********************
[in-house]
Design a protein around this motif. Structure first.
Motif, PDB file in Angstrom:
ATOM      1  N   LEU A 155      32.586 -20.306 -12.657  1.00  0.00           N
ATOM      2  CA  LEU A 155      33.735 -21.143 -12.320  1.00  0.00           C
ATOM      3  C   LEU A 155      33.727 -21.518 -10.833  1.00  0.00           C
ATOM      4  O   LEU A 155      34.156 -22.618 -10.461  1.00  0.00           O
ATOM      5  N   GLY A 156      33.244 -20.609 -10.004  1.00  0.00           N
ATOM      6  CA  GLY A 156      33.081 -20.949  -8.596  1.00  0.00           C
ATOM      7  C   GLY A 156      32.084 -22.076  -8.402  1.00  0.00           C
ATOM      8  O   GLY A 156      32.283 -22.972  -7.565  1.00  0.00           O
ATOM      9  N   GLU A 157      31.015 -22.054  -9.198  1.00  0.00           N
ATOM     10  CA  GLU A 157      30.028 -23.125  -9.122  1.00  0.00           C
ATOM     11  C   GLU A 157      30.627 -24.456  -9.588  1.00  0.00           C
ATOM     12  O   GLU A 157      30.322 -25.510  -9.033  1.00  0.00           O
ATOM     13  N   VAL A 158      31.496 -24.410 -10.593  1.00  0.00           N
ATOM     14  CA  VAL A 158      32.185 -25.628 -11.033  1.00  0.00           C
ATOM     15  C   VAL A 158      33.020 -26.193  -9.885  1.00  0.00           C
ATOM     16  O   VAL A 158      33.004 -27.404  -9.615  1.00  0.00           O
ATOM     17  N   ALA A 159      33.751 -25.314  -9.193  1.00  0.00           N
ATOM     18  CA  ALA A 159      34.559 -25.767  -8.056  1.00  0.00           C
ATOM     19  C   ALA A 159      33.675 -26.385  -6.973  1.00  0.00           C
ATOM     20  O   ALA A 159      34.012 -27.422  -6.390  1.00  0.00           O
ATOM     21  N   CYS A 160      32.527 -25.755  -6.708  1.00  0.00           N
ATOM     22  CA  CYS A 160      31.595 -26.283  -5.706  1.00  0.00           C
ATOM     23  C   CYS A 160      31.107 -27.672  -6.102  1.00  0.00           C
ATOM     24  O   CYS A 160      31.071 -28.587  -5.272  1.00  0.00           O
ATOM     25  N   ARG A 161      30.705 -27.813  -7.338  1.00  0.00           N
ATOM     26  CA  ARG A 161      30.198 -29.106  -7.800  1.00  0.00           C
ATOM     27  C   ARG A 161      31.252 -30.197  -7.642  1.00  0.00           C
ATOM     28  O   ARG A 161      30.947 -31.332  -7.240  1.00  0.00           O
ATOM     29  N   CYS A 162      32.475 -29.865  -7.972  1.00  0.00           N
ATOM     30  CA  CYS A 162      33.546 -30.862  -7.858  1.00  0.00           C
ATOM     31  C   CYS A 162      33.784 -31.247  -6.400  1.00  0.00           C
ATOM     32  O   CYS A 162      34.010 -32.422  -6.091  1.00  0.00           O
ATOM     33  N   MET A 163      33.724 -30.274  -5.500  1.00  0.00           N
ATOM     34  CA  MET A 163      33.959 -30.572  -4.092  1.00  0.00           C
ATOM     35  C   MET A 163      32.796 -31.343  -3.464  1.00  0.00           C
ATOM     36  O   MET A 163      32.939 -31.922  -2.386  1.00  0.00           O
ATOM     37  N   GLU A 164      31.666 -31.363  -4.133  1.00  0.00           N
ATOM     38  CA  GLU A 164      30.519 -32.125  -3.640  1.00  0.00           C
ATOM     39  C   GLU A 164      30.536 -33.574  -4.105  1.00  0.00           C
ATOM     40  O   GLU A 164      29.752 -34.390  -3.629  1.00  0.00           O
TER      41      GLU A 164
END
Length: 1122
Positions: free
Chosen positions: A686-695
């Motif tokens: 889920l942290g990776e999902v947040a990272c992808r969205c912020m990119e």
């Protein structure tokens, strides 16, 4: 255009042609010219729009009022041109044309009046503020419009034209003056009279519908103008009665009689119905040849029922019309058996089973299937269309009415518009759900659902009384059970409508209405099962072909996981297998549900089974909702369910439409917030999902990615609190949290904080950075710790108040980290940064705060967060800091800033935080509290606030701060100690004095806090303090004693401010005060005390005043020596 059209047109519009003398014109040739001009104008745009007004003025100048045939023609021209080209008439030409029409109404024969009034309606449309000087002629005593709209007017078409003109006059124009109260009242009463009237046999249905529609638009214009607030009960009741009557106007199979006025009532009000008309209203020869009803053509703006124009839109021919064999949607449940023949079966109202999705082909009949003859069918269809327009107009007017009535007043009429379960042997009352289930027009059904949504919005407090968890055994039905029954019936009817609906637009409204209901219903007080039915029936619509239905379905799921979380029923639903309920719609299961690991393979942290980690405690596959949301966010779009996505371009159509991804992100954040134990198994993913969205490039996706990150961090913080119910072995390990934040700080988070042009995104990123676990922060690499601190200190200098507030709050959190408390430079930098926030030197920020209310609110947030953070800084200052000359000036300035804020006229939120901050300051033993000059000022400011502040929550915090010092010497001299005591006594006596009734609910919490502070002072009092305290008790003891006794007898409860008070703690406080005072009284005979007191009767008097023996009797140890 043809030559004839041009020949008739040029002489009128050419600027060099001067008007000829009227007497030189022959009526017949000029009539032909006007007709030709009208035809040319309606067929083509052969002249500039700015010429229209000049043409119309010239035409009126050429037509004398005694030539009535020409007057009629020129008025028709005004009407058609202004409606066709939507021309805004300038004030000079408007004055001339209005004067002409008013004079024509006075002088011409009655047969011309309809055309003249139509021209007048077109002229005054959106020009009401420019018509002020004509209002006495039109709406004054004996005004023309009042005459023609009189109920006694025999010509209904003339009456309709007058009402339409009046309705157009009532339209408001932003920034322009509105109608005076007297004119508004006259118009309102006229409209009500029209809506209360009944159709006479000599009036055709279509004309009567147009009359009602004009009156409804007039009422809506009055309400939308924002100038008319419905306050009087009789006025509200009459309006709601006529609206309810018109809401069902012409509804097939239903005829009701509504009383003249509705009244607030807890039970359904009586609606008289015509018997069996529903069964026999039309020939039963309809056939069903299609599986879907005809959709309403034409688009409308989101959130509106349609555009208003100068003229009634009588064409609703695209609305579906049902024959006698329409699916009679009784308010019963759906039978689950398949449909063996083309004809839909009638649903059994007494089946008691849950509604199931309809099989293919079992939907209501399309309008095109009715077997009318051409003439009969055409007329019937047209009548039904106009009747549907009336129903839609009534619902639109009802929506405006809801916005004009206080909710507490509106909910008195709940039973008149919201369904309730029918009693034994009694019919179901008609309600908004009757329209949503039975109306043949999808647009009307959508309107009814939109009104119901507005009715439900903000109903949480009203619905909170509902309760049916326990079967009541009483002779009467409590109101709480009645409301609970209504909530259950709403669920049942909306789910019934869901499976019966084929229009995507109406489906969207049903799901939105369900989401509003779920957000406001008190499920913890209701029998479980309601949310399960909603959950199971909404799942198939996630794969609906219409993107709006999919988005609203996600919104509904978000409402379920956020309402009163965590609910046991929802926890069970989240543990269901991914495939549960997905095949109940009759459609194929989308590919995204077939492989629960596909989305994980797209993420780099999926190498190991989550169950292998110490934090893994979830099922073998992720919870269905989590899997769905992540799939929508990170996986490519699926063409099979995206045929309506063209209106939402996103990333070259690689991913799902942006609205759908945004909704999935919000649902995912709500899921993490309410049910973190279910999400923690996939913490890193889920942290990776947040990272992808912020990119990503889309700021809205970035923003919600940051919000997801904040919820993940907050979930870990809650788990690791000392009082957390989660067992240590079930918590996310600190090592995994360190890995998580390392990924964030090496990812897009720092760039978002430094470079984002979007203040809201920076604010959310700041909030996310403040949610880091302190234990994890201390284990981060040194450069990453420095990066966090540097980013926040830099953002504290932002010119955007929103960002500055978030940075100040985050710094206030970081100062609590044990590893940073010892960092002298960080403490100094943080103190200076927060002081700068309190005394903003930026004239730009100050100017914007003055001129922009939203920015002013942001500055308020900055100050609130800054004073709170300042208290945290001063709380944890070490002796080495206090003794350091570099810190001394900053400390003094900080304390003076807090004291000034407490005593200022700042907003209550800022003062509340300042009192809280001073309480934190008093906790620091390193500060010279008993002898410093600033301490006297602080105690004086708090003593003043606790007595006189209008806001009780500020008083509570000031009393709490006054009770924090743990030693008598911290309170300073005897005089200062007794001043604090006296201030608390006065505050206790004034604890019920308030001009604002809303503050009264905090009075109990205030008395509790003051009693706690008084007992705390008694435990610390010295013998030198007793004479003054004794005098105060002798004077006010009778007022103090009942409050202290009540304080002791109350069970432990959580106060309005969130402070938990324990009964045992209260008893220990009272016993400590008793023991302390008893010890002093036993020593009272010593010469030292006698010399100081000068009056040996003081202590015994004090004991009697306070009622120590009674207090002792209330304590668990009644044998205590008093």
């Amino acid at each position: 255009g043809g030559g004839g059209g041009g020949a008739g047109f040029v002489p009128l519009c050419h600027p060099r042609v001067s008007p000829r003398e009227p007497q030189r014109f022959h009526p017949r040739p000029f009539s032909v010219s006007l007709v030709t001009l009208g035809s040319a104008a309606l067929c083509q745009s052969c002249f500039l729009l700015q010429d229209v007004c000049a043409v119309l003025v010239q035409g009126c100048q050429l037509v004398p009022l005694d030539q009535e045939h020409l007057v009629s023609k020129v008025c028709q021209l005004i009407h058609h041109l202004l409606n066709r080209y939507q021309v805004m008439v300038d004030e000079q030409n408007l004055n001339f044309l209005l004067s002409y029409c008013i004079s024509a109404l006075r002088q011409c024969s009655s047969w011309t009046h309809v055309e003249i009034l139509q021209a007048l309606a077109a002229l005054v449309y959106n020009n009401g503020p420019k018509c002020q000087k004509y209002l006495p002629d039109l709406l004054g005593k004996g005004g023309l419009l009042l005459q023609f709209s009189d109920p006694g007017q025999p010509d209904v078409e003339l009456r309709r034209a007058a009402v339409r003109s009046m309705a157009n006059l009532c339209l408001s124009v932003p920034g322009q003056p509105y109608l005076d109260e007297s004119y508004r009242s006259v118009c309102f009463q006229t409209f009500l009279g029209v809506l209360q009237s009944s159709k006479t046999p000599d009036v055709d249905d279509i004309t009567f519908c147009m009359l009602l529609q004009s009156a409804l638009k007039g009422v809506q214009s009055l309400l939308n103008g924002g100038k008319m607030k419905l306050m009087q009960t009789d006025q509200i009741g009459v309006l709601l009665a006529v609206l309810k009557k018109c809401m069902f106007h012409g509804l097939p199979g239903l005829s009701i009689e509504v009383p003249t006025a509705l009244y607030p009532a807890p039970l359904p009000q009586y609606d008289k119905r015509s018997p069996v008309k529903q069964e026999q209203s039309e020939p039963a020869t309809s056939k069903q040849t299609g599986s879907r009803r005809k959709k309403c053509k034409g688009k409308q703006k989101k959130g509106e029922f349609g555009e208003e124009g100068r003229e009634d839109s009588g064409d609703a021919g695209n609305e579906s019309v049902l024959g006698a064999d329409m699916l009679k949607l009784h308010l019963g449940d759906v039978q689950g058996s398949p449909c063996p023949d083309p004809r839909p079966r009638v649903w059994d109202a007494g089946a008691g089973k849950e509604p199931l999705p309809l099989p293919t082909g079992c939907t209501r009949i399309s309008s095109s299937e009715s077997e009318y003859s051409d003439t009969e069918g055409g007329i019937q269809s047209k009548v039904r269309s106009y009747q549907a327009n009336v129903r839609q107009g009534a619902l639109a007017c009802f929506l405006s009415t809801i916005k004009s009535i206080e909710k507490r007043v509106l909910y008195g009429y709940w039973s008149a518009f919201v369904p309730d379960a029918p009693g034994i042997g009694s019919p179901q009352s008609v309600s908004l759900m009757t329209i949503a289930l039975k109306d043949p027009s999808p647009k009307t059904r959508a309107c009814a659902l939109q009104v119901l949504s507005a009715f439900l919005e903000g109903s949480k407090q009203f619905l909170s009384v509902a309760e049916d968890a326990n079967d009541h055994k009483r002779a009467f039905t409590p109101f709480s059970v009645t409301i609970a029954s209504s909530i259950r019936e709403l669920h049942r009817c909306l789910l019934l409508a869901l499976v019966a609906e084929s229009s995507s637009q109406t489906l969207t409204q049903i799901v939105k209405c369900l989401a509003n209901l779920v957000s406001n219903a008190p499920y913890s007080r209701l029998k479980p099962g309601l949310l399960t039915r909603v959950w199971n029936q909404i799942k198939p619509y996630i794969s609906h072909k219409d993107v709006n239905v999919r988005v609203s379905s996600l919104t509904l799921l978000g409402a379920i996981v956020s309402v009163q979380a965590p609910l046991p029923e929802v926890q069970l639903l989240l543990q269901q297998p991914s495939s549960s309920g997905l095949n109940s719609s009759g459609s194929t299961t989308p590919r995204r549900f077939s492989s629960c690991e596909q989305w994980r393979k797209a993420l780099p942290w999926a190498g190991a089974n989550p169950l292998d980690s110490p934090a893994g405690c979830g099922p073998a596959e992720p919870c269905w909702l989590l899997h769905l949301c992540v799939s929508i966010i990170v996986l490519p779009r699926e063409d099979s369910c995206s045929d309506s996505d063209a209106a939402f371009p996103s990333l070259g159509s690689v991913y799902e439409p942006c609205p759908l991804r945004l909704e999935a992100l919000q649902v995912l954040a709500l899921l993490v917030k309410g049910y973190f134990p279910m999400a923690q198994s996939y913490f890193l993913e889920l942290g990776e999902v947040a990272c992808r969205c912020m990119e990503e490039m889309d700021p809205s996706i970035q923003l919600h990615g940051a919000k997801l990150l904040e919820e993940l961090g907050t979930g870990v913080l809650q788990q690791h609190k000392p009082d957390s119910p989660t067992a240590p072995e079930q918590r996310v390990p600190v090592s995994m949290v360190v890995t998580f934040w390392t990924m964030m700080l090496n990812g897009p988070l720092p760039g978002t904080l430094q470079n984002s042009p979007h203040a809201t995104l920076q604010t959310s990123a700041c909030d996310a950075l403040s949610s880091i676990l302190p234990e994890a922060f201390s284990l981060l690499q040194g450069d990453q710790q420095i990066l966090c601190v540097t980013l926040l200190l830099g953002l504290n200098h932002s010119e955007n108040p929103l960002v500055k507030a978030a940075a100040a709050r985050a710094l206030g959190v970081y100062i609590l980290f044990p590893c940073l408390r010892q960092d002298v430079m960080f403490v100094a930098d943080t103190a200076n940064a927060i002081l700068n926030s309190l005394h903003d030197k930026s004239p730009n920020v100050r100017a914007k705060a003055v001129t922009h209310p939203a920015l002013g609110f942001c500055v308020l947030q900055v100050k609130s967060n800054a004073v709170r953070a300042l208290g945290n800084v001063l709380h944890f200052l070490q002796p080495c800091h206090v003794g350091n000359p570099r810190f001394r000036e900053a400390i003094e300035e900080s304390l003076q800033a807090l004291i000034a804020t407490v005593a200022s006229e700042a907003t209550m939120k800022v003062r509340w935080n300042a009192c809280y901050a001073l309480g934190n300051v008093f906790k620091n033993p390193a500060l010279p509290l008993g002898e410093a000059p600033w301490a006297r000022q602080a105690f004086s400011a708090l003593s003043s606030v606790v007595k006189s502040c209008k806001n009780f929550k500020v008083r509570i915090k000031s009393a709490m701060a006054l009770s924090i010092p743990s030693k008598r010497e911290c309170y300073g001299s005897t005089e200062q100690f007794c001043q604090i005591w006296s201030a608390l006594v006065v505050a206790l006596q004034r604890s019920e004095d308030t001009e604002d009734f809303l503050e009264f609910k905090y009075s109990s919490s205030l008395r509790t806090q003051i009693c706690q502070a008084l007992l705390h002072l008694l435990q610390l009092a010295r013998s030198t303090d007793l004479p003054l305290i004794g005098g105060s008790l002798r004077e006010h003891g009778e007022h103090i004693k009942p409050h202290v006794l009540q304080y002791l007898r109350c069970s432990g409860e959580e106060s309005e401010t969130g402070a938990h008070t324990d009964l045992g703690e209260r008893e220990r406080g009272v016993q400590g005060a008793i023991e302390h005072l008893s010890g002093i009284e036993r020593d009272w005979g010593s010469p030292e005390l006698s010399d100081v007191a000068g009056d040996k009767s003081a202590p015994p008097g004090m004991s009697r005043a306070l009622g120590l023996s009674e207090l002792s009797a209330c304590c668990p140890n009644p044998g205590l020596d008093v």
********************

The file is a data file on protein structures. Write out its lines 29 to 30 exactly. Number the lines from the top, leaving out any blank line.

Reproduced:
ATOM     26  CA  ARG A 161      30.198 -29.106  -7.800  1.00  0.00           C
ATOM     27  C   ARG A 161      31.252 -30.197  -7.642  1.00  0.00           C